This was not Geoff’s only message in the new business name. In fact, there were so many paradoxes tied up in the business of eating meat that one day we made a long list on a chalkboard: local meat is more expensive, but it uses fewer resources to produce and transport; many people think killing animals is cruel, but they’re happy to pay someone else to do it; commodity foods are cheaper, but partially because we pre-pay in taxes that subsidize agribusiness; you may be able to earn more money selling your land right now, rather than farming it for a lifetime. The list of paradoxes for how this whole food thing works goes on and on. And it’s not just about meat—the realm of paradox for veganism and vegetarianism is equally confounding. Any human diet made from food grown on a global economic scale probably doesn’t make much sense on a global ecological scale.
One of the central paradoxes of healthy meat production is this relationship between global economics and ecologically sustainable farming. Land is very expensive (especially in southeastern Massachusetts!), and sustainably managed livestock requires a relatively large amount of land. So in order to farm animals, you need to have access to a certain amount of wealth to buy and maintain that land. However, the meat you produce and sell has to fit into a marketplace where the value of meat is strangely low. Factory farms condense animals onto smaller amounts of land, which floods the market with a lower price point for meat. This tends to produce sicker animals and higher environmental consequences. So in many areas, one of the biggest paradoxes of sustainable farming is that you need a lot of land and wealth to produce a food that people expect to be cheap.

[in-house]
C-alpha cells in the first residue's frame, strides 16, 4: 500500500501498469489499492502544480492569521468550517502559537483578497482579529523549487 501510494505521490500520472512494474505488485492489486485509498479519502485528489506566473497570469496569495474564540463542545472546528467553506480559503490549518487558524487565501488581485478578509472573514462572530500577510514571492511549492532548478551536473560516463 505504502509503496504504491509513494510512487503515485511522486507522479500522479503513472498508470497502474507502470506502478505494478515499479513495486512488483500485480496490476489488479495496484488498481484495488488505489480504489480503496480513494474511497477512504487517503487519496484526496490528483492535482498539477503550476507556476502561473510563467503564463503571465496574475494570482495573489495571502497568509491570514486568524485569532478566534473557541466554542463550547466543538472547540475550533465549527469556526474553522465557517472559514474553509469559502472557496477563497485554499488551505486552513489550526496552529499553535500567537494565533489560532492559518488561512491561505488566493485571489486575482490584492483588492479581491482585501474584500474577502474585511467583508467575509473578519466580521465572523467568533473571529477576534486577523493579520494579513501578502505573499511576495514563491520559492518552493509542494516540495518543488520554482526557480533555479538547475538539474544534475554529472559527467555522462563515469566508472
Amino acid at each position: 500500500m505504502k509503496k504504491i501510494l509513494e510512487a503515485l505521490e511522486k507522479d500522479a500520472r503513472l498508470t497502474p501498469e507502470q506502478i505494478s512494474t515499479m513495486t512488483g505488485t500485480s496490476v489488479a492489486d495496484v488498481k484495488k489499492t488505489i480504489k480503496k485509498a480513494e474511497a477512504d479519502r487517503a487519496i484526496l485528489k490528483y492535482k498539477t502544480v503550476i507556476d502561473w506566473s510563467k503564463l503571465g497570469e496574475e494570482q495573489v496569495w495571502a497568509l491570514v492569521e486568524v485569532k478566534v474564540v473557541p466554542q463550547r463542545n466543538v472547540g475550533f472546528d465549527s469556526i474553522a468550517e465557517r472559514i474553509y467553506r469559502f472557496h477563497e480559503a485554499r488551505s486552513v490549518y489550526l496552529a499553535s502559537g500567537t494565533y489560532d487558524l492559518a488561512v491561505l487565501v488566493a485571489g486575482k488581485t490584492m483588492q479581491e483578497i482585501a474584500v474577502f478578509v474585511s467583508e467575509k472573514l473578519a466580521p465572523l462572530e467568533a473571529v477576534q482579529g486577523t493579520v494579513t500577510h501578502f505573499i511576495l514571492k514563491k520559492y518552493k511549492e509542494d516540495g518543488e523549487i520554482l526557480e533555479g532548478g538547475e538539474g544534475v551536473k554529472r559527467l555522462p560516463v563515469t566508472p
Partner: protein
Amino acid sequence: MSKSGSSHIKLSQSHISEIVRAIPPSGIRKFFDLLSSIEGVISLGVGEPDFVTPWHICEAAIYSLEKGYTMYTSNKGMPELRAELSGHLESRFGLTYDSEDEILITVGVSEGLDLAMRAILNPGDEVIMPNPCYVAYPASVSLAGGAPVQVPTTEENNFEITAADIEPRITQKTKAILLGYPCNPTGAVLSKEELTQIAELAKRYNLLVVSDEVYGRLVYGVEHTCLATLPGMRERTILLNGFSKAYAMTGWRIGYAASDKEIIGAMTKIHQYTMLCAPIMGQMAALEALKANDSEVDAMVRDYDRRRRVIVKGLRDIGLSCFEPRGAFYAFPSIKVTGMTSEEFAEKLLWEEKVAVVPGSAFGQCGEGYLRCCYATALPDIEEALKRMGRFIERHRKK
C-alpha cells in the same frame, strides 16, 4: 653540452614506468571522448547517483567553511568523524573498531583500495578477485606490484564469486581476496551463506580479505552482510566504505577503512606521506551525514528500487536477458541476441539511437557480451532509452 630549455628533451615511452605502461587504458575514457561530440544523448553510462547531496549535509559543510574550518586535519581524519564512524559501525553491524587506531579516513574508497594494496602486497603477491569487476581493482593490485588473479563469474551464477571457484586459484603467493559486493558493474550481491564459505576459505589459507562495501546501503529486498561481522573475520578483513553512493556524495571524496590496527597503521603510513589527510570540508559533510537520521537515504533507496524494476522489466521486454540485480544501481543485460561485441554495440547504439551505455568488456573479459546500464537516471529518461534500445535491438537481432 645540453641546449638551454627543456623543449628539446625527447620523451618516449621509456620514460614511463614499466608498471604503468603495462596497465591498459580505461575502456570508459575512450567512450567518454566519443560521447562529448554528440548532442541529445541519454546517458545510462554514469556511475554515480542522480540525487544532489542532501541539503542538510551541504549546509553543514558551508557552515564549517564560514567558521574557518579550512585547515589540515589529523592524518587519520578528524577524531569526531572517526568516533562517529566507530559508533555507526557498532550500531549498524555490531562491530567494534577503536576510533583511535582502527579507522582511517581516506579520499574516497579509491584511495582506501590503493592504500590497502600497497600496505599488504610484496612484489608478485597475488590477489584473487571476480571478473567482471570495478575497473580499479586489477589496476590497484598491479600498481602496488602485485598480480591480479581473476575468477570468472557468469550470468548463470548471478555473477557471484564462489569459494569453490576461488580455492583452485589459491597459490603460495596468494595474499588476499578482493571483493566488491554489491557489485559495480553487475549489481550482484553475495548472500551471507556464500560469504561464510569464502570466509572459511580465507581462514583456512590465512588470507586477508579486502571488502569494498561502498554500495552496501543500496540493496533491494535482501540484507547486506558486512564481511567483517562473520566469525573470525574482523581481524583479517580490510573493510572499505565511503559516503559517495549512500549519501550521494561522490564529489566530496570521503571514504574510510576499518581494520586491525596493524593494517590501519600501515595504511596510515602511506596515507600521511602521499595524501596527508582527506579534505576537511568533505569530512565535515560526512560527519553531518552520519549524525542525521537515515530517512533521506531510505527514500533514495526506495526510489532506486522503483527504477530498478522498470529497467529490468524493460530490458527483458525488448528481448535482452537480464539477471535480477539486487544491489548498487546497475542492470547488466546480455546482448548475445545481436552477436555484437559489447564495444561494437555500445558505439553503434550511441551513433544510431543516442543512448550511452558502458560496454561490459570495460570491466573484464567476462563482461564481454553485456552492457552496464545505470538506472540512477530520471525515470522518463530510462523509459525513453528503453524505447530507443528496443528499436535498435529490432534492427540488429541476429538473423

Round the Bend Farm explores this issue by providing farmers and educators with access to land that they otherwise would not be able to afford. In exchange, farmers and educators are challenged to find innovative ways to participate in positive ecological relationships and work holistically. Paradox Acres cows help maintain open spaces and endangered bird habitat through grazing; goats and pigs remove invasive species; pigs till soil to prep garden beds and make compost; and chickens take care of some pest control and weeding. All of these processes also become part of Round the Bend’s educational curriculum and programming.